Summer Winos»Uncategorized»Series 2 Episode 1: Forked Lightning

Series 2 Episode 1: Forked Lightning


In which Clegg slips a gear and the trio attempt to ride a bicycle made for one…

Andrew: So, we kick off Series 2, and there’s not much from the outset that would mark this out as being a second run.

After Clegg damages his, umm, equipment, slipping from his bike he says the condition is ‘best described as forked lightning’. It’s a very genital-fixated episode, really, what with Compo’s discussion of his ‘person’, but I have literally no idea what the episode title refers to here! Am I missing a reference?

Nice one Cleggy, nice one son…

Bob: You’ve clearly never impaled your cobblers on a bicycle frame! Ah, the youth of today. I think it’s just a reference to the sudden explosion of pain and knacker-wrenching torment that Clegg experiences when the accident happens. I’m going to claim a little bit of Summer Wine for Teesside here as well… the people queuing at the bus stop break into a sterling rendition of ‘Nice One, Cyril’… A 1973 hit for Cockerel Chorus, inspired by Middlesbrough-born left-back Cyril Knowles, then playing for Tottenham Hotspur. ‘Nice One, Cyril’ was still doing the rounds as a popular playground song and catchphrase during my own childhood ten years later, even though we had no idea by then who ‘Cyril’ actually was!

Andrew: At one point during this episode our trip attempt to board a number 47 bus that displays the destinations ‘Huddersfield’ and ‘Holmfirth’. I think that has to be one of the only occasions that the town is ever named. For the most part Summer Wine takes place in a generic Yorkshire Never-Never Land and I rather like it that way!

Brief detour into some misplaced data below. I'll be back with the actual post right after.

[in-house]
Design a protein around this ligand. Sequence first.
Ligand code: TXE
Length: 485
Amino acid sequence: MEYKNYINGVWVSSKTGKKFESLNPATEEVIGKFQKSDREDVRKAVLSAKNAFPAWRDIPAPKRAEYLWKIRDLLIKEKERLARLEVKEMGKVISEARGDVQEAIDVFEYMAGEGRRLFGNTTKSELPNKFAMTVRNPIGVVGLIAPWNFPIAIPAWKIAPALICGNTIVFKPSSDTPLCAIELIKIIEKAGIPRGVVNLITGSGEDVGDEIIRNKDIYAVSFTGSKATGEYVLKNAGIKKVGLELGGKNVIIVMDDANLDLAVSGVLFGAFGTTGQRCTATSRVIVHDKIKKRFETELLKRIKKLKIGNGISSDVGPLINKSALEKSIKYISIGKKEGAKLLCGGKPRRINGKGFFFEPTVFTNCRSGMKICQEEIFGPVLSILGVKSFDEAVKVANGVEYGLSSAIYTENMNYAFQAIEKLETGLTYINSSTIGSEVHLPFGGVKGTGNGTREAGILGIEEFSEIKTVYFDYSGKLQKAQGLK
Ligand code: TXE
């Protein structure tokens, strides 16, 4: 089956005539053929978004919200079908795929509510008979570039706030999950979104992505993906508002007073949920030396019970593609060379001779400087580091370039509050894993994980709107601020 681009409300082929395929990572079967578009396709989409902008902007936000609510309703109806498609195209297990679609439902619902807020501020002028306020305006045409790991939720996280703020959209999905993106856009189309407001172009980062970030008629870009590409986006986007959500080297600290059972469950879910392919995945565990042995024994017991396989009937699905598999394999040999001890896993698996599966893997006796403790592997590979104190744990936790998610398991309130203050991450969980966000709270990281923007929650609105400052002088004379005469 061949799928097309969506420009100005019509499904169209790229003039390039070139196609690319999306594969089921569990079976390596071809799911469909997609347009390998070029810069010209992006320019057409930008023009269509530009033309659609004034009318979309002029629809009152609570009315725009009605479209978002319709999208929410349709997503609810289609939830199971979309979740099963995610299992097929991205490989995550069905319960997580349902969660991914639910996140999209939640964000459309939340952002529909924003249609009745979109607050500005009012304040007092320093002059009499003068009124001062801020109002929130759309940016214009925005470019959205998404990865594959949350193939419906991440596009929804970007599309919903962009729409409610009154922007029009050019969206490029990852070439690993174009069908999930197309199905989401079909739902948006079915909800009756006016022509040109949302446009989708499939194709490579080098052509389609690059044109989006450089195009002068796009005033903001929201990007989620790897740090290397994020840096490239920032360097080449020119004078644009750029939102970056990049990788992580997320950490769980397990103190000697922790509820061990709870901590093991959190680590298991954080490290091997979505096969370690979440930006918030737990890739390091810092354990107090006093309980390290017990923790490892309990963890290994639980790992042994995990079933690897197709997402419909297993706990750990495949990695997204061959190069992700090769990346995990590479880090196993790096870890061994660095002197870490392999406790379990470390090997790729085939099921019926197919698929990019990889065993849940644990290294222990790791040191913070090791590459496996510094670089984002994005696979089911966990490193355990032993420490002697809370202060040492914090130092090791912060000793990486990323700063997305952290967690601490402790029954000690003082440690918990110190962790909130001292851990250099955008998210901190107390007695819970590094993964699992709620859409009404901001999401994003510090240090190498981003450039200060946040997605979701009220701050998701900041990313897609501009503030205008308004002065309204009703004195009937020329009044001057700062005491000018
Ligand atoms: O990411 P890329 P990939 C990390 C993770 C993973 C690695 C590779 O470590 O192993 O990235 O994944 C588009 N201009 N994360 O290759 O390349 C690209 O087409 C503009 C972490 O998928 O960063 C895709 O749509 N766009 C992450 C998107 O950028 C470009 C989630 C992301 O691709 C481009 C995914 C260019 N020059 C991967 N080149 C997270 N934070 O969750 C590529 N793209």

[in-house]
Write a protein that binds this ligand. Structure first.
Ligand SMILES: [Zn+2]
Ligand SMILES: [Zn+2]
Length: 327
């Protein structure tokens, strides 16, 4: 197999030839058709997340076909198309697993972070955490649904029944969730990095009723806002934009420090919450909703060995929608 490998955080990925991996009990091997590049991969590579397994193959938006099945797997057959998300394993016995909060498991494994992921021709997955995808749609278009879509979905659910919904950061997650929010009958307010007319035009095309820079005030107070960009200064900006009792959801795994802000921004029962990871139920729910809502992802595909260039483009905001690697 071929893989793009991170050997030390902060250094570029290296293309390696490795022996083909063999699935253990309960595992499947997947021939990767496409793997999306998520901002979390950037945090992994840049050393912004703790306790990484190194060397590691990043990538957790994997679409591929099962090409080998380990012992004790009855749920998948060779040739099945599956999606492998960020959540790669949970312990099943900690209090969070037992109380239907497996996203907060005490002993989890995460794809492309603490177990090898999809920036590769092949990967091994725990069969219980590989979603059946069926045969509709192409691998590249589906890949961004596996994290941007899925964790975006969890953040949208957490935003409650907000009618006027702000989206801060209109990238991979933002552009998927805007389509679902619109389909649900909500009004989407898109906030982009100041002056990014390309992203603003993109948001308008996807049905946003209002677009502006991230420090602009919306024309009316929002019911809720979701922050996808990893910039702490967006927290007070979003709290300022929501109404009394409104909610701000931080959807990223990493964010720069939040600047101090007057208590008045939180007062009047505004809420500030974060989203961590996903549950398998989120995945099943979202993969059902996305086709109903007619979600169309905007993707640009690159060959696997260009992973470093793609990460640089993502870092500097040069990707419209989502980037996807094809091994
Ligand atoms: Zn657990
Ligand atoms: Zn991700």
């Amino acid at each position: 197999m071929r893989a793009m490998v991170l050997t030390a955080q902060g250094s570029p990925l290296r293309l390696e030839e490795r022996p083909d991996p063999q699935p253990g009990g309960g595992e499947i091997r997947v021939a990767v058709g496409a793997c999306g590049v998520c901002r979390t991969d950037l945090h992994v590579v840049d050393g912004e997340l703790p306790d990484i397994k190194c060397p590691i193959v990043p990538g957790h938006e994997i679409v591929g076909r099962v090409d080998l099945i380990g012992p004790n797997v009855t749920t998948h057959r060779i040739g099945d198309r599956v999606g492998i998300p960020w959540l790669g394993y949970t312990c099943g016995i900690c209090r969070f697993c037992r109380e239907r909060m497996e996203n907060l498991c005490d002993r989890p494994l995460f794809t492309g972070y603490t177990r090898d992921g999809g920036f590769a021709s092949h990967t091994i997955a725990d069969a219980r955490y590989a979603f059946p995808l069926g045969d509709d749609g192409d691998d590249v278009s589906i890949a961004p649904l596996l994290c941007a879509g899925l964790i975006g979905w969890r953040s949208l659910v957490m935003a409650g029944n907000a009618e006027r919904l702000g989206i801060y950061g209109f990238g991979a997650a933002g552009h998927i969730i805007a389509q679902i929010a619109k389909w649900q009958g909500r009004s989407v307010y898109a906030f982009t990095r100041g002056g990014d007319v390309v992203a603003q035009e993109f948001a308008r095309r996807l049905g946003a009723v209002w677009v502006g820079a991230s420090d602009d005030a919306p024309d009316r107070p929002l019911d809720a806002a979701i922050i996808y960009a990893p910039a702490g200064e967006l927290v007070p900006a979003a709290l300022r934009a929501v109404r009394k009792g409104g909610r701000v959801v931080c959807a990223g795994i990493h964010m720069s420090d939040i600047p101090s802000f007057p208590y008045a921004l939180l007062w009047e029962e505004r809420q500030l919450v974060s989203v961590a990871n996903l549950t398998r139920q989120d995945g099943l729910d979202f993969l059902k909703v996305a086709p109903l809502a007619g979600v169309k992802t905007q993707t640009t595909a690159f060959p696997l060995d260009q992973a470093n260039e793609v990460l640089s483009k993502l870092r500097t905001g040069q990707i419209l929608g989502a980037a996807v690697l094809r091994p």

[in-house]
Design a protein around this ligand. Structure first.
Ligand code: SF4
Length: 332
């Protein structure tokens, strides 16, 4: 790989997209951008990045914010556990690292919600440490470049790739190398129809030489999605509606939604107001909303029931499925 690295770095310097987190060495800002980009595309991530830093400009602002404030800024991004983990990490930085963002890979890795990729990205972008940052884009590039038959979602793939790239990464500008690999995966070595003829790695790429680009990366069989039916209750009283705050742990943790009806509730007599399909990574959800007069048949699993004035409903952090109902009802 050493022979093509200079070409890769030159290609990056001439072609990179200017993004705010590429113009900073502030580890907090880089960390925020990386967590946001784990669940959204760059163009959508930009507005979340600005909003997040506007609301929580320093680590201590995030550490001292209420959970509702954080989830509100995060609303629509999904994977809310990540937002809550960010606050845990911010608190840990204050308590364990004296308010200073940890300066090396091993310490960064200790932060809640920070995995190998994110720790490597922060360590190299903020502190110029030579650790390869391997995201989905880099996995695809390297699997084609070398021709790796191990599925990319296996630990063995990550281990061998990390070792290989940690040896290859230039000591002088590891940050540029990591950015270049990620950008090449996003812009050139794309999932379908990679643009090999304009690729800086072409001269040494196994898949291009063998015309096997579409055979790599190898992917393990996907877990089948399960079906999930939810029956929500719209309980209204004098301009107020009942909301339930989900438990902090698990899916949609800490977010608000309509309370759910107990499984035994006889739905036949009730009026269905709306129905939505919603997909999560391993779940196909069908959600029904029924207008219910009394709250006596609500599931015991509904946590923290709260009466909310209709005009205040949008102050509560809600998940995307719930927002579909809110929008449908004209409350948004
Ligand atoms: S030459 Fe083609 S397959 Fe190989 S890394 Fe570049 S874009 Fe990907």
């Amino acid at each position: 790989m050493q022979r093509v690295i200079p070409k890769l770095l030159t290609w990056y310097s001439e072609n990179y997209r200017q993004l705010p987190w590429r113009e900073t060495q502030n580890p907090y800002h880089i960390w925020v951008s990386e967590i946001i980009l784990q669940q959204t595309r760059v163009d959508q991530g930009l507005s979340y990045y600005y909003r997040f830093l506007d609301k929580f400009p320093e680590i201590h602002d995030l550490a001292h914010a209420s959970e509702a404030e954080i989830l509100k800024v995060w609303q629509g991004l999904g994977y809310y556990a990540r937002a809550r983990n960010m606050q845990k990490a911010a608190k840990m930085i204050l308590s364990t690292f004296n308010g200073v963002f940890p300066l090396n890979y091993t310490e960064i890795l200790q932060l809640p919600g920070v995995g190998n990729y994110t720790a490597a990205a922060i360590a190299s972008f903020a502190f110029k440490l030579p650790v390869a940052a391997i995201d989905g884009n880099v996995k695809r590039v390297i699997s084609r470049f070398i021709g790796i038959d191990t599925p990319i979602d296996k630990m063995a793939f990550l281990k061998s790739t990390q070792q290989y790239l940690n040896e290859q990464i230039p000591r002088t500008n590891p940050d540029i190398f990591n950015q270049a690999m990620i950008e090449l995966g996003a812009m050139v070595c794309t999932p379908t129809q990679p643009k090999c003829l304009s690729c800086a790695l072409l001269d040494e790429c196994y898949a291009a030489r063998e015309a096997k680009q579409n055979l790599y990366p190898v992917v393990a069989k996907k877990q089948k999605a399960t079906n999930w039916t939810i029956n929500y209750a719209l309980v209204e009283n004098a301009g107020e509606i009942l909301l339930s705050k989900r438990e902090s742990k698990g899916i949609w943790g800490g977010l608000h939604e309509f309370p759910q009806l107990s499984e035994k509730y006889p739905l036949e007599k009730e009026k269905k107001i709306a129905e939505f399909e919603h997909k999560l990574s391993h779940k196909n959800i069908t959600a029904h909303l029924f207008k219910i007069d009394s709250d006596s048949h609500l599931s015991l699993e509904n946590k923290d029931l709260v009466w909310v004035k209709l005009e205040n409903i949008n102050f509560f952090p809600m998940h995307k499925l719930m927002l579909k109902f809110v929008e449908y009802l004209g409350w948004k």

Bob: I didn’t spot that! I was too busy looking at the saucy bus conductress. I loved Compo’s innuendo-laden comment that she ‘took a lodger’… in more ways than one, clearly. Ah, lodgers… such a comedy staple of the 1960s and 70s, wiped out by Mrs ‘Fatcher’s property-owning boom of the 1980s! The possibilities of having a strange (and, obviously, young and virile) man living in the marital home kept British sitcom writers salivating for decades.

The pre-Delboy Kenneth Macdonald

The pre-Delboy Kenneth Macdonald

Good to see a very young Kenneth MacDonald as the Huddersfield mechanic as well… it would be another ten years before he found fame as Mike, the landlord of the Nag’s Head in Only Fools And Horses. I think his performance jars a little bit here, actually… he’s very good, but he gives a traditional ‘big’ 70s sitcom performance, whereas everyone else in Summer Wine so far has underplayed things.

Andrew: The series does seem to be getting a tiny bit broader, though… in fact, is this the first example we get of three men rolling down a hill on a rickety contraption, only to crash into a heap at the bottom? The little wah-wah stab on the soundtrack when Clegg’s bike is run over puts us closer to traditional sitcom territory as well. It still, at this stage, feels like a natural part of their acknowledged second childhood, though. It’s not like one of the showpiece stunts that came to embody the series in later years.

I love the way Ivy responds to Compo’s cheeky advances. It almost seems like a gut reaction for her to chase him off, but once the scruffy get is out of sight she’s quite clearly pleased with the attention. This kind of little character moment keeps cropping up and it really does mark the series out as something special. There’s always something more to the characters that the stock types they might first appear.

Bob: I loved that, too! ‘Tha’s got a chest like a proud pigeon’, says Compo. She gives him his usual comeuppance, but then – when he’s out of sight – admires her own heaving bosom proudly in the café mirror. There’s some classic Roy Clarke dialogue in this one, actually… I liked Clegg’s comment on Compo’s smoking habit – ‘On a clear day, you can hear the wind rustling through the undergrowth in your lungs’. Poetry, that.